Have you ever felt overwhelmed when people have long conversations with you or offer you too much information? Many of our patients with Mild Cognitive Impairment (MCI) tell us they feel this way–too much information coming at them too fast. In the HABIT program we work with couples where one partner has MCI and the other doesn’t. We often work on communication tips to improve communication in these wonderful, loving partnerships. Here are a few of our most frequent communication recommendations and some examples of how to apply them. If you are living with MCI and feel you struggle to keep up in a conversation, we would encourage you to try some of these tips with your loved ones.
Short and sweet.
A main recommendation is keeping the message short and sweet. Ask your loved one to communicate with you by using fewer words. Ask them to use short direct sentences that are brief, and in a gentle and soft voice. Due to MCI, you may experience attention and concentration difficulties because the brain has difficulty processing information. Keeping sentences short, with one idea or thought per sentence, may make it easier to understand. Longer complex sentences may be too much for the brain to process resulting in feeling overwhelmed, switching the brain off, or getting frustrated or angry.
We also encourage your loved one to pause between those short sentences so you have time to write down what you’d like to keep track of. Ask for that pause if you need your loved one to stop and give you a minute to catch up. Shorter sentences and pauses help separate thoughts which can help you absorb and process information better. Pauses also give you the opportunity to ask questions, if you have any.
Putting it together–some examples
Example 1: Going out for dinner with friends.
Don’t say: We are going out for dinner with the Smiths tonight at 6pm at Spagettios, and they are looking forward to seeing us. We haven’t seen them in how long?
Do say: We have dinner tonight with the Smiths at 6pm. *pause* We are going to Spagettios. *pause* How long has it been since we’ve seen them?!
Example 2: Can’t remember the name of a person.
Don’t say: You know, his wife’s name is Mary and we went out to dinner with them about a month ago and he talked about golf. He ordered the steak and wore his purple shirt….His name starts with a J.
Do say: His name is John.
Example 3: You’re repeating a question, for example, a question about the date of an upcoming trip.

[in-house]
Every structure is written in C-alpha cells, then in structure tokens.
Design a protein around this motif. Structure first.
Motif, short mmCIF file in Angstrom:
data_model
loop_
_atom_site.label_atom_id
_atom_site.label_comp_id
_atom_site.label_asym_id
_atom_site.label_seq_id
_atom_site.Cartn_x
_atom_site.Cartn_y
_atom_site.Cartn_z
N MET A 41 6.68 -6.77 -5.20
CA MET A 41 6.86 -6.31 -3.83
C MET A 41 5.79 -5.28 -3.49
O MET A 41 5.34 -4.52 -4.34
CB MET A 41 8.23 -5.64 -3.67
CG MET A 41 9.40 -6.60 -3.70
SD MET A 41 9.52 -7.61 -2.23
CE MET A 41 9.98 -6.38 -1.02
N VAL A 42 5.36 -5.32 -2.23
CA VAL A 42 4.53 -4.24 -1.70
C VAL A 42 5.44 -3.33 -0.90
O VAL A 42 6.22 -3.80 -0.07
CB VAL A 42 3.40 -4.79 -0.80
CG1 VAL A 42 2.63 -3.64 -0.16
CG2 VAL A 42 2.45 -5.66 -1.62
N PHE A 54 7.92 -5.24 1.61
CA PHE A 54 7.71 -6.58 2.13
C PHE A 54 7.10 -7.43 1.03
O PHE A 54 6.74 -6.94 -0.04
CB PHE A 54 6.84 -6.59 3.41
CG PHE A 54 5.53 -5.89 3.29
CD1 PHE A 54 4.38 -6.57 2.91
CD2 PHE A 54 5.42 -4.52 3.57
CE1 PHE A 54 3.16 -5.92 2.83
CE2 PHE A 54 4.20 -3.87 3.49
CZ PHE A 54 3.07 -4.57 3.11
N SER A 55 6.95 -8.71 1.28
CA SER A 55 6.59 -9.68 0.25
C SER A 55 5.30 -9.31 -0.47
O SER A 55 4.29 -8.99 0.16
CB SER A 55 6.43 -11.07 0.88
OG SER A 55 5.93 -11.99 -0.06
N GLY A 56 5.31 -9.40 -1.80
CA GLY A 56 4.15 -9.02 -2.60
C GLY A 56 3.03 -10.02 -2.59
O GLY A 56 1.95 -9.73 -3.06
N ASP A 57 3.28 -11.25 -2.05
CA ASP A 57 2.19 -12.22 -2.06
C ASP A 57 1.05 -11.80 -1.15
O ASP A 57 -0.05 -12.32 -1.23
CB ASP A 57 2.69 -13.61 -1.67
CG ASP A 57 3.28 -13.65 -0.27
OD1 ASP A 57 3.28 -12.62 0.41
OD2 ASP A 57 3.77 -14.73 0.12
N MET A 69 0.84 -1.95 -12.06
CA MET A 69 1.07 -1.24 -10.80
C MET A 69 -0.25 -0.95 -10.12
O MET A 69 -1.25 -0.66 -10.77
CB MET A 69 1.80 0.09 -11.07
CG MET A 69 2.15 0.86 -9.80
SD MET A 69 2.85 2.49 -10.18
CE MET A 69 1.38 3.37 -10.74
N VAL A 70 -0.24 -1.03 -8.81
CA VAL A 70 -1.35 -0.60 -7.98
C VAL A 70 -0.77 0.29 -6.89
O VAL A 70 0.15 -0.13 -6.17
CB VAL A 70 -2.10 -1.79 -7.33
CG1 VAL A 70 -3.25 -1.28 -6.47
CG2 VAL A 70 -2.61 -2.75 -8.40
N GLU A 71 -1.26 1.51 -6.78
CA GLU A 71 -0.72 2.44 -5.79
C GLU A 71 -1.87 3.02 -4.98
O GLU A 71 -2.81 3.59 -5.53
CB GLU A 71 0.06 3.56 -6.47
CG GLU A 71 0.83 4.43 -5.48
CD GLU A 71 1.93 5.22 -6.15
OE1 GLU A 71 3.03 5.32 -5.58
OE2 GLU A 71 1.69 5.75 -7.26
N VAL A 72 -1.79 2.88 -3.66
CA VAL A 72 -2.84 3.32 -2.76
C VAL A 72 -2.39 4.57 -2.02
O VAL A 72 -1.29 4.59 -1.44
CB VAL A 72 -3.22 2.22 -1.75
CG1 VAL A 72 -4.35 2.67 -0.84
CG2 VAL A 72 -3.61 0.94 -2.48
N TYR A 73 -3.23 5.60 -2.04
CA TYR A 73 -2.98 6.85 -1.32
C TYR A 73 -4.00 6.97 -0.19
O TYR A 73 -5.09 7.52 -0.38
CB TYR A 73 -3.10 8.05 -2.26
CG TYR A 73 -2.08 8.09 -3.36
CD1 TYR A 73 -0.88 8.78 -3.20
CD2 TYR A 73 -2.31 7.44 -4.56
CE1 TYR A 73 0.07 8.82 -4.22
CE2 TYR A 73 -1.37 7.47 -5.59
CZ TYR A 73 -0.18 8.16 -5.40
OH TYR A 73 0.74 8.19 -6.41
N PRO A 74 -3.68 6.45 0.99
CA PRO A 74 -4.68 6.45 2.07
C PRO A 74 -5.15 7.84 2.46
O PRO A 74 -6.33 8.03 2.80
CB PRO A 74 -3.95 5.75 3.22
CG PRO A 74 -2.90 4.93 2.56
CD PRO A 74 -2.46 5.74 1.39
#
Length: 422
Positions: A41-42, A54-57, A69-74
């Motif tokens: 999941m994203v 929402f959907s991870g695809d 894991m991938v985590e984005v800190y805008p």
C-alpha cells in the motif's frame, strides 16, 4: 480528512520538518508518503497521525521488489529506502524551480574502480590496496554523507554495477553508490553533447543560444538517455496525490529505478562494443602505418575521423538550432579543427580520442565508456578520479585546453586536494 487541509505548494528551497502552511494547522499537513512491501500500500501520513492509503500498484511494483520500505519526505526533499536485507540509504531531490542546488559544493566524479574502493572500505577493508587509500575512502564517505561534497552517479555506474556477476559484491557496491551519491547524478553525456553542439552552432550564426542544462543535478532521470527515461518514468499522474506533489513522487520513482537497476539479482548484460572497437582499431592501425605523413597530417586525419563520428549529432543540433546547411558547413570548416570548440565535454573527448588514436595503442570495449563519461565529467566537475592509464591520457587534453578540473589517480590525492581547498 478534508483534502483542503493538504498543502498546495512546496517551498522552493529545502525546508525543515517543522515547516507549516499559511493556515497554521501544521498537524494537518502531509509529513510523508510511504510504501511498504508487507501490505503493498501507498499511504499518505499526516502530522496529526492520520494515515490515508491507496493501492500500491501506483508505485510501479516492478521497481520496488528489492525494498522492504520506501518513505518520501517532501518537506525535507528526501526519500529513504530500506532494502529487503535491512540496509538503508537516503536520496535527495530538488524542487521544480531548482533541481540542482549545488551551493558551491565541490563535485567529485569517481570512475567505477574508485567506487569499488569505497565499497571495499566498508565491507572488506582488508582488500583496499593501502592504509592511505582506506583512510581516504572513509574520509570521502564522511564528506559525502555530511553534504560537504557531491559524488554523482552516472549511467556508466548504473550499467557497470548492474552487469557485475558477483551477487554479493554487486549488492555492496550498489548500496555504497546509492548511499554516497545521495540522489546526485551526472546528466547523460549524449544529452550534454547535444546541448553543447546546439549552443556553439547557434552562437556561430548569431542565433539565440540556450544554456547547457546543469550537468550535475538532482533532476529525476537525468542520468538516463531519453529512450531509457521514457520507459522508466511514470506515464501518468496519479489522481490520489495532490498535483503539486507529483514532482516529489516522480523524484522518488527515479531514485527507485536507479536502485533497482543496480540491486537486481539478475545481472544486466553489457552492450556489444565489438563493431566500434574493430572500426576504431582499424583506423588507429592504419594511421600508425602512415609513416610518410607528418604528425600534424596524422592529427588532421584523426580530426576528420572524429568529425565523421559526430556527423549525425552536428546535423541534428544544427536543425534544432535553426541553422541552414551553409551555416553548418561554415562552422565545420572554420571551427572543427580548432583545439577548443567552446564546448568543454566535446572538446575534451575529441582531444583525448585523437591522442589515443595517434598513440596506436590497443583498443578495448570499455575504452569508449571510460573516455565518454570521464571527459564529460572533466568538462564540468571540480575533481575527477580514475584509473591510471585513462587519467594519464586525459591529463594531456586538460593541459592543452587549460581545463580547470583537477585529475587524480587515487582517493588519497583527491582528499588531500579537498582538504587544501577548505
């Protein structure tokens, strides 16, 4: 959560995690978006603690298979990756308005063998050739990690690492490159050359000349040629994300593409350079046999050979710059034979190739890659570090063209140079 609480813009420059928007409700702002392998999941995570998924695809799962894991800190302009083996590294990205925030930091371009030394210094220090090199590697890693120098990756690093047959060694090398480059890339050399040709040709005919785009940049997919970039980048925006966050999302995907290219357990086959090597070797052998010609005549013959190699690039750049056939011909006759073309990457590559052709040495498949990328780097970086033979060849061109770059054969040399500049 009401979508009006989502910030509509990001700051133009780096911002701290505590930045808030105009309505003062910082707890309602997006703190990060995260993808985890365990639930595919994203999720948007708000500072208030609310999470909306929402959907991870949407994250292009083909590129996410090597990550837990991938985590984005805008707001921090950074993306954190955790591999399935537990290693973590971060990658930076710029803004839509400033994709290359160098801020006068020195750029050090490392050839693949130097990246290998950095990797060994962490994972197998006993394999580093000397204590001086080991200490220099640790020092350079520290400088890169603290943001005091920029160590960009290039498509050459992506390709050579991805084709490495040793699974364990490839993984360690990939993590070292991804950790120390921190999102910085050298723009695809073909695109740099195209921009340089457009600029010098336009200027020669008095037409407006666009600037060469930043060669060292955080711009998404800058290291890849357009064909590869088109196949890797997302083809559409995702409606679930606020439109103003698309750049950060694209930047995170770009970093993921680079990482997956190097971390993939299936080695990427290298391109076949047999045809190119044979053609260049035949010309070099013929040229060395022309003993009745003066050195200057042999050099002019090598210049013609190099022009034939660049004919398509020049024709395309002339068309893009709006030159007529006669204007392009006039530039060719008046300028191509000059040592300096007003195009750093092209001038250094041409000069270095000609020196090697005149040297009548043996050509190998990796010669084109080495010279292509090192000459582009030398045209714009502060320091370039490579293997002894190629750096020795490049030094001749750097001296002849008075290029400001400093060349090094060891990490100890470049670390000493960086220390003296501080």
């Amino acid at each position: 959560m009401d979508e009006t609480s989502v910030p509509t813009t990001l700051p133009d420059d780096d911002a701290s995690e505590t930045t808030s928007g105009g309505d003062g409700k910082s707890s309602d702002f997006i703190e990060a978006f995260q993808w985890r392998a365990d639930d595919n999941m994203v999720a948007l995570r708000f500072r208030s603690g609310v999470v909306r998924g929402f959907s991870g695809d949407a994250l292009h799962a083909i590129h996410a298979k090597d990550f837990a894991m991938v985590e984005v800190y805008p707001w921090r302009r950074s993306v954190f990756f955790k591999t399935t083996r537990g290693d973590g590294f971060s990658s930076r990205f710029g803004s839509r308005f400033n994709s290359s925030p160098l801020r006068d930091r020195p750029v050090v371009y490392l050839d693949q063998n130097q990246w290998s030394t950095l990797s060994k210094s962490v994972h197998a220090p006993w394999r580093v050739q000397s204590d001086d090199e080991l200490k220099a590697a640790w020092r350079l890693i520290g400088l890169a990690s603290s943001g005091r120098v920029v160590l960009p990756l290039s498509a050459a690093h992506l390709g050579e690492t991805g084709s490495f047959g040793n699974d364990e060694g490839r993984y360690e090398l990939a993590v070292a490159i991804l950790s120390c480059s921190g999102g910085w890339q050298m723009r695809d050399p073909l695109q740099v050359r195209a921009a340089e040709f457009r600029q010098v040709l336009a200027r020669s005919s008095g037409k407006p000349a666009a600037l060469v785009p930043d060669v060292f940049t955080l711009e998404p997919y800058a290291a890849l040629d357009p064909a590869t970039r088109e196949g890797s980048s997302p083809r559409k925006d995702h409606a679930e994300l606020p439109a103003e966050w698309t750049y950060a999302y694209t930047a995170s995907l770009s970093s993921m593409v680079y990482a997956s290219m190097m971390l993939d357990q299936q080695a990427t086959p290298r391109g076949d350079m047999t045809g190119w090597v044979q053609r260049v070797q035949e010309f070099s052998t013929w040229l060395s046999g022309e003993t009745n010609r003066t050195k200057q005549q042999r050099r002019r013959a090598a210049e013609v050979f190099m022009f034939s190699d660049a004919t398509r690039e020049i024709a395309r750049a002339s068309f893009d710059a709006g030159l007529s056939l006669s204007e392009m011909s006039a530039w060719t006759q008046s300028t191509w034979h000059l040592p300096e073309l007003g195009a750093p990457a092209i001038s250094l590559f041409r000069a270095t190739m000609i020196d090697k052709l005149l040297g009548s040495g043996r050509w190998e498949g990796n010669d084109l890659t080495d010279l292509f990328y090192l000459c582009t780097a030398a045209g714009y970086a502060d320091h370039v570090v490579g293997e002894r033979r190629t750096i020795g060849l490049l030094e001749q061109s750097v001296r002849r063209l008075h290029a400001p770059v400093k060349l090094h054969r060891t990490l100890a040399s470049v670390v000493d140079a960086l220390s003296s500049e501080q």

Don’t say: Don’t you remember, we already talked about this? If you just think about it a little longer you’ll remember. Remember we talked about it last night with the kids and grandkids they are excited about going. You used to go there as a kid and really enjoyed it!
Do say: We leave for Disney on June 12. Can I help you write that in your calendar so you’ll have that information?
Example 4 (for those using a Memory Support System or Dayplanner/DayTimer organizational system): Going to a doctor’s appointment.
Don’t say: We are going to see Dr. Stevens at 2pm and I want to make sure we remember to discuss your chronic pain, sleep, and memory issues since it’s really been affecting your mood lately.
Do say: We are going to see Dr. Stevens today at 2pm. *pause* Let’s write this down in your planner. *pause while getting out the planner*. 2pm Dr. Stevens. *pause* Please make a note *pause* Discuss chronic pain *pause* sleep *pause* memory *pause* mood. Is there anything you can think to add to this visit?
It can be difficult for your loved ones to pause or to shorten their sentences. Feel free to ask them to pause or tell you just one piece of information at a time. For example, you might ask them to tell you the date of some upcoming plans but then wait until you open your calendar to that date. Then ask them the time, then the details of the plans you may wish to record. You can work together with your loved one to help them get into this habit to help maximize the information you take away from your conversations! Do you have any other communication tips you’d recommend for your family and friends? We’d love to hear from those of you living with MCI what communication tips you find most helpful.